• 8. Content marketing, brand storytelling, PR or whatever you call it Now, media fragmentation, digitisation and socialisation has changed everything, and that pace of change is accelerating. Effective digital story-telling must take advantage of the different kinds of media today, each with distinct characteristics and rules of engagement, but also connected to, influenced by, and dependent upon one other. As brand and corporate storytellers, we need to consider these dynamics and target all types: Traditional or Regular, Social and Owned, employing various strategies to tell and amplify a story across all areas. It means evolving how we think, plan and measure earned media, taking a more holistic and integrated approach. ©2011 Daniel J. Edelman, Inc. All rights reserved. Regular media Social media Owned media The story
    • 9. Now, the book never closes.. In recent years we’ve seen dramatic changes in the media landscape and the way that people consume and share news and information. For starters it’s global and it’s 24/7. For companies and brands, this has profound implications. It means that we have to find entirely new ways to tell our stories. Today there are new channels, new tools, new approaches…and new rules of engagement.
    • 10. Explosion of media channels ©2011 Daniel J. Edelman, Inc. All rights reserved.
    • 11. We live in a multi-screen world ©2011 Daniel J. Edelman, Inc. All rights reserved.
    • 12. Every company is a media company ©2011 Daniel J. Edelman, Inc. All rights reserved.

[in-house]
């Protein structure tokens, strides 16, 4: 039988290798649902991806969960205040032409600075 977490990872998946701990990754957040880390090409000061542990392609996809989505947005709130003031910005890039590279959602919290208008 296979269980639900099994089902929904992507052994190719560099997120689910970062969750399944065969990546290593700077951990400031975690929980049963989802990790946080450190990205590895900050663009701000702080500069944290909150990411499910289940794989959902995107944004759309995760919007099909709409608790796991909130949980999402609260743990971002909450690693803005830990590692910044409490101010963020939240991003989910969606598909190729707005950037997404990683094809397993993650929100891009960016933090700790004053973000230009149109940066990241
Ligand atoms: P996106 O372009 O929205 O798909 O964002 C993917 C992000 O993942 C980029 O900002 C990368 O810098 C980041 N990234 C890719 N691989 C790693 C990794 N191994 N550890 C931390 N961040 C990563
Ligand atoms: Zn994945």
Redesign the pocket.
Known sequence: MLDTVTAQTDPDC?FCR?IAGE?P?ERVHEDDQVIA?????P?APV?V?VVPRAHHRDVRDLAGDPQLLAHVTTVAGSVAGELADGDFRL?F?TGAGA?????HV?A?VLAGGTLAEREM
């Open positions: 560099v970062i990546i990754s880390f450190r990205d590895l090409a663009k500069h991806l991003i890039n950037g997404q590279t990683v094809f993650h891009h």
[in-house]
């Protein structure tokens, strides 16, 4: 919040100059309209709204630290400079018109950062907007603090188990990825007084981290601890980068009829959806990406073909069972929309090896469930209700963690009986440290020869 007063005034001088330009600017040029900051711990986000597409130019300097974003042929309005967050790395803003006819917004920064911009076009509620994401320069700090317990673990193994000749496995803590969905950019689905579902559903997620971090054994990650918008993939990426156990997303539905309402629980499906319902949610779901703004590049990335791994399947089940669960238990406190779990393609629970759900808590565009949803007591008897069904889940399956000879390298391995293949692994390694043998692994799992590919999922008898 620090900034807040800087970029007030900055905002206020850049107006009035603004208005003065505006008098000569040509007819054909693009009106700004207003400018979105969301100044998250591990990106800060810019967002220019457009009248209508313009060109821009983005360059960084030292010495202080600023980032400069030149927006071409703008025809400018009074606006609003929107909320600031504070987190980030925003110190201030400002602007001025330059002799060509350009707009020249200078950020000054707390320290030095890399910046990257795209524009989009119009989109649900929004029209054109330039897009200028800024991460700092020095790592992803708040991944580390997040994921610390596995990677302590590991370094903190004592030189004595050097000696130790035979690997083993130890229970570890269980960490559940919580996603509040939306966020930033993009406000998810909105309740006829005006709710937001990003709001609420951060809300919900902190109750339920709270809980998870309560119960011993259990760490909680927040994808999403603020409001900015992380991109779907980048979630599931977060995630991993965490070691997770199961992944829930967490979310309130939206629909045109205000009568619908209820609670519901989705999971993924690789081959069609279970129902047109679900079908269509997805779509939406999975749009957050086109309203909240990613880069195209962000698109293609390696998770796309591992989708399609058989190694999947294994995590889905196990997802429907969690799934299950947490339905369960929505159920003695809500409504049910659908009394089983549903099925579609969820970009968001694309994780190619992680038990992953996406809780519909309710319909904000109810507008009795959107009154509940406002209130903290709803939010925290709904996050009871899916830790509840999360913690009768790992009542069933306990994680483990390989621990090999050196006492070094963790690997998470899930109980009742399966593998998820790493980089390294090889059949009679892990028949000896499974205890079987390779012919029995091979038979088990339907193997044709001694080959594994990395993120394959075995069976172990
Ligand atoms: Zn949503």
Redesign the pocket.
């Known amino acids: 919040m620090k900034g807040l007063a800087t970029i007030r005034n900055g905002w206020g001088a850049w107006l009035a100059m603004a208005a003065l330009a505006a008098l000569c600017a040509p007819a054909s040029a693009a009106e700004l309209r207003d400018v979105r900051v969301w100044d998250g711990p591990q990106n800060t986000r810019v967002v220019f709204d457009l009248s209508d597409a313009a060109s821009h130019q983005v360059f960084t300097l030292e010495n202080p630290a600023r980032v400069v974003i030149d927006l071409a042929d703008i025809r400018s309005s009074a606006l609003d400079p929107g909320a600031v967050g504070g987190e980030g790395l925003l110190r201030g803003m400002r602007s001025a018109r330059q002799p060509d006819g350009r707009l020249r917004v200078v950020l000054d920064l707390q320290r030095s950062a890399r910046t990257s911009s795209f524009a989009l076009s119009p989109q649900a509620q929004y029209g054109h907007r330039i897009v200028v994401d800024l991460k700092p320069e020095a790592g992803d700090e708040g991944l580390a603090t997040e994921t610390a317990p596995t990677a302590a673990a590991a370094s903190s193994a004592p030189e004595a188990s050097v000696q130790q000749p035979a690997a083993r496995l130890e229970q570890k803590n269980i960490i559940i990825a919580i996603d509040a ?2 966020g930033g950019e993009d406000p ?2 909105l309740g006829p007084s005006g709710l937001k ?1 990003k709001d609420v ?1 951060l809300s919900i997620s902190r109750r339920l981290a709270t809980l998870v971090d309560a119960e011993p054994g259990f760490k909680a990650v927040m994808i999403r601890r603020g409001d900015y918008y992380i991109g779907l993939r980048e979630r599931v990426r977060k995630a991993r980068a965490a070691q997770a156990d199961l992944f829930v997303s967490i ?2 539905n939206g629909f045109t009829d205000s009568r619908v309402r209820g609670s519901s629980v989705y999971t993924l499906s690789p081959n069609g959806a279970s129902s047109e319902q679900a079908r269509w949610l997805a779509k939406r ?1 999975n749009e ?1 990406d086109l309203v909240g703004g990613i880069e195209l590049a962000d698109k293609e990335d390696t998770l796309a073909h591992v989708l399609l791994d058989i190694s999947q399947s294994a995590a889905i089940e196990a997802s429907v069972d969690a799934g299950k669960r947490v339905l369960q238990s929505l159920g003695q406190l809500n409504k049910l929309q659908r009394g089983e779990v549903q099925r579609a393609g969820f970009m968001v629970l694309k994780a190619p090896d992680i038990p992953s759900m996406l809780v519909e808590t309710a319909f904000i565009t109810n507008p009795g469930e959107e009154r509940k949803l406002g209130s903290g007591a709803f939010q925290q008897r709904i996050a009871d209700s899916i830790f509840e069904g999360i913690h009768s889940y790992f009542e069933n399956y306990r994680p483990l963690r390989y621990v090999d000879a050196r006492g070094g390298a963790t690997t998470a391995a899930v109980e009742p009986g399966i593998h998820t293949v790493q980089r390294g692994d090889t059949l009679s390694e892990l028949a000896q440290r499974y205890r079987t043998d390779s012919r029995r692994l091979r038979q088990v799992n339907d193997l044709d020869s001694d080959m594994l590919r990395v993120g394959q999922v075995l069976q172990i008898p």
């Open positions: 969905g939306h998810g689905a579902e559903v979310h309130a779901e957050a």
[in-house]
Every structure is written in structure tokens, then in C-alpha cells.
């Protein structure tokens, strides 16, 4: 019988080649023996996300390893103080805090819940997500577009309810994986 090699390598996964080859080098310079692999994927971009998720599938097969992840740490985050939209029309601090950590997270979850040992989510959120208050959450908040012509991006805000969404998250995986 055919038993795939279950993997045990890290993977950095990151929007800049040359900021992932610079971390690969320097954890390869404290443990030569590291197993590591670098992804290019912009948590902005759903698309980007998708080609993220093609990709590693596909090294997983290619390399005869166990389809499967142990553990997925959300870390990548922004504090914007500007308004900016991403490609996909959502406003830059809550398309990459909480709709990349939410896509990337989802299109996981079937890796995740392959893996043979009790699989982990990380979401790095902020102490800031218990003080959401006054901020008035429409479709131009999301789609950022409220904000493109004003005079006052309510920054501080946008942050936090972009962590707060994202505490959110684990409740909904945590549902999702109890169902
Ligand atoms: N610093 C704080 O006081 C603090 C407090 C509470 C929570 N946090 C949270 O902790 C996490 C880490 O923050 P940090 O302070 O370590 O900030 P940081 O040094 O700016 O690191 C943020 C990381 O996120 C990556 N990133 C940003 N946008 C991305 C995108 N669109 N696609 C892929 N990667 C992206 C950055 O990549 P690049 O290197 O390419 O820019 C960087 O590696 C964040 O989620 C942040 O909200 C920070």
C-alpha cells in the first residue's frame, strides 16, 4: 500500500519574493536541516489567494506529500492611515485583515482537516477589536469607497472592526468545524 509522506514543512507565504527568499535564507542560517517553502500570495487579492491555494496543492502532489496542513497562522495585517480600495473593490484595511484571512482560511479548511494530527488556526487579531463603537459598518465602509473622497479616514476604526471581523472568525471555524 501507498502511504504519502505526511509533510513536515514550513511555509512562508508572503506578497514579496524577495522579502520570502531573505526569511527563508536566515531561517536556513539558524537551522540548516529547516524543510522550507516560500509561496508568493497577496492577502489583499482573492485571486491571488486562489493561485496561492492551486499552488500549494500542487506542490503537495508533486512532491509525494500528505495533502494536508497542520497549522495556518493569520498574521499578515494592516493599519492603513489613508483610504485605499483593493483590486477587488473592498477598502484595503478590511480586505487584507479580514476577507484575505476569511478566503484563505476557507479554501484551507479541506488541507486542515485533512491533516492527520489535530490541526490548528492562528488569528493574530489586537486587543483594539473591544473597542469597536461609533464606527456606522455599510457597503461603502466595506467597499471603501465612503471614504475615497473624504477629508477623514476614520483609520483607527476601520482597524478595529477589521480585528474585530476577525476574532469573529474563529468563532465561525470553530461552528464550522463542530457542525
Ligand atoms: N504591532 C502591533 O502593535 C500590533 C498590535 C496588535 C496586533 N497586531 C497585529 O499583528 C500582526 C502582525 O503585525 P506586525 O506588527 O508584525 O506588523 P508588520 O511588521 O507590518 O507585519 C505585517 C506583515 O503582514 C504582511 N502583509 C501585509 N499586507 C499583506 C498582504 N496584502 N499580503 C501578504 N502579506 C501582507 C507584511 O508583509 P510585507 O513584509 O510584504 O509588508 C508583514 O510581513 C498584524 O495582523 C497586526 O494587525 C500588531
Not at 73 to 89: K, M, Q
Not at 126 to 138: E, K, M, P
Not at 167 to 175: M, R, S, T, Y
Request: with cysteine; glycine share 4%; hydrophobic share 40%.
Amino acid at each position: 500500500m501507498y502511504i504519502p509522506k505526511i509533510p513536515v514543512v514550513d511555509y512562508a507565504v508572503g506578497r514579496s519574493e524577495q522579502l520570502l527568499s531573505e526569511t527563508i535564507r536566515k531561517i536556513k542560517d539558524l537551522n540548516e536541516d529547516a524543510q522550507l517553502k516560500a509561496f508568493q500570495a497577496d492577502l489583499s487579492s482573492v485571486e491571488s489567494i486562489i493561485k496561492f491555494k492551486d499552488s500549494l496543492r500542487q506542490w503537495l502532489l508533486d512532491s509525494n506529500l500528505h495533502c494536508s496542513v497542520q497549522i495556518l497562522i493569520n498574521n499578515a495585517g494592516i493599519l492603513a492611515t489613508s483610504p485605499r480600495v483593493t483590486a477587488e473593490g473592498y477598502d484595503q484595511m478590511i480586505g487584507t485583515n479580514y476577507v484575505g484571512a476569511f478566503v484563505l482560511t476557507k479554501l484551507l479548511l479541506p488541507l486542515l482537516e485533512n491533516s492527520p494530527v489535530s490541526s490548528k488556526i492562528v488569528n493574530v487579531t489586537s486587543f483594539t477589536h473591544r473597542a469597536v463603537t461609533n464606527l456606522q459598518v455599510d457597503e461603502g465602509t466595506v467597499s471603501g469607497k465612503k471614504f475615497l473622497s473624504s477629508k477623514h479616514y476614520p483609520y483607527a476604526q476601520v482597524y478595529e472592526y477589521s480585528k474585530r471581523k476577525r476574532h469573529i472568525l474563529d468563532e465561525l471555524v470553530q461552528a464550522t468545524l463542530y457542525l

• 13. Stories are social ©2011 Daniel J. Edelman, Inc. All rights reserved.
    • 14. ©2011 Daniel J. Edelman, Inc. All rights reserved. Stories Last Forever
    • 15. ©2011 Daniel J. Edelman, Inc. All rights reserved.
    • 16. Old storytelling rules.. 1. It’s the audience that matters 2. You won’t see the story until you get to the finish 3. Structure and signposting 4. Simplify, focus, and mix it up. Avoid overcomplicating 5. Challenge your ‘characters’ with polar opposites 6. When stuck, figure out what wouldn’t happen next 7. Pull apart stories you like and figure out why 8. Give your characters opinions 9. Give the reader a reason to root for you/them 10.What is the story essence, or central truth? ..that apply in the silicon age ©2011 Daniel J. Edelman, Inc. All rights reserved.
    • 17. Silicon stories: emotion Plan an emotive narrative – just like Who Shot JR? back in 1980. ©2011 Daniel J. Edelman, Inc. All rights reserved.
    • 18. Silicon stories: narrate Tell it well – make it spellbinding. ©2011 Daniel J. Edelman, Inc. All We need not only a strongrights reserved.
    • 19. Silicon stories: components Work out how content pieces stand alone and fit together. Words and pictures. ©2011 Daniel J. Edelman, Inc. All rights reserved.
    • 20. Silicon stories: shock Surprise and shock. It will encourage people to share. ©2011 Daniel J. Edelman, Inc. All rights reserved.
    • 21. Silicon stories: audience Understand your audience – even if it is niche or extremely special interest.. ©2011 Daniel J. Edelman, Inc. All rights reserved.
    • 22. Steve Earl @mynameisearl steveearl G+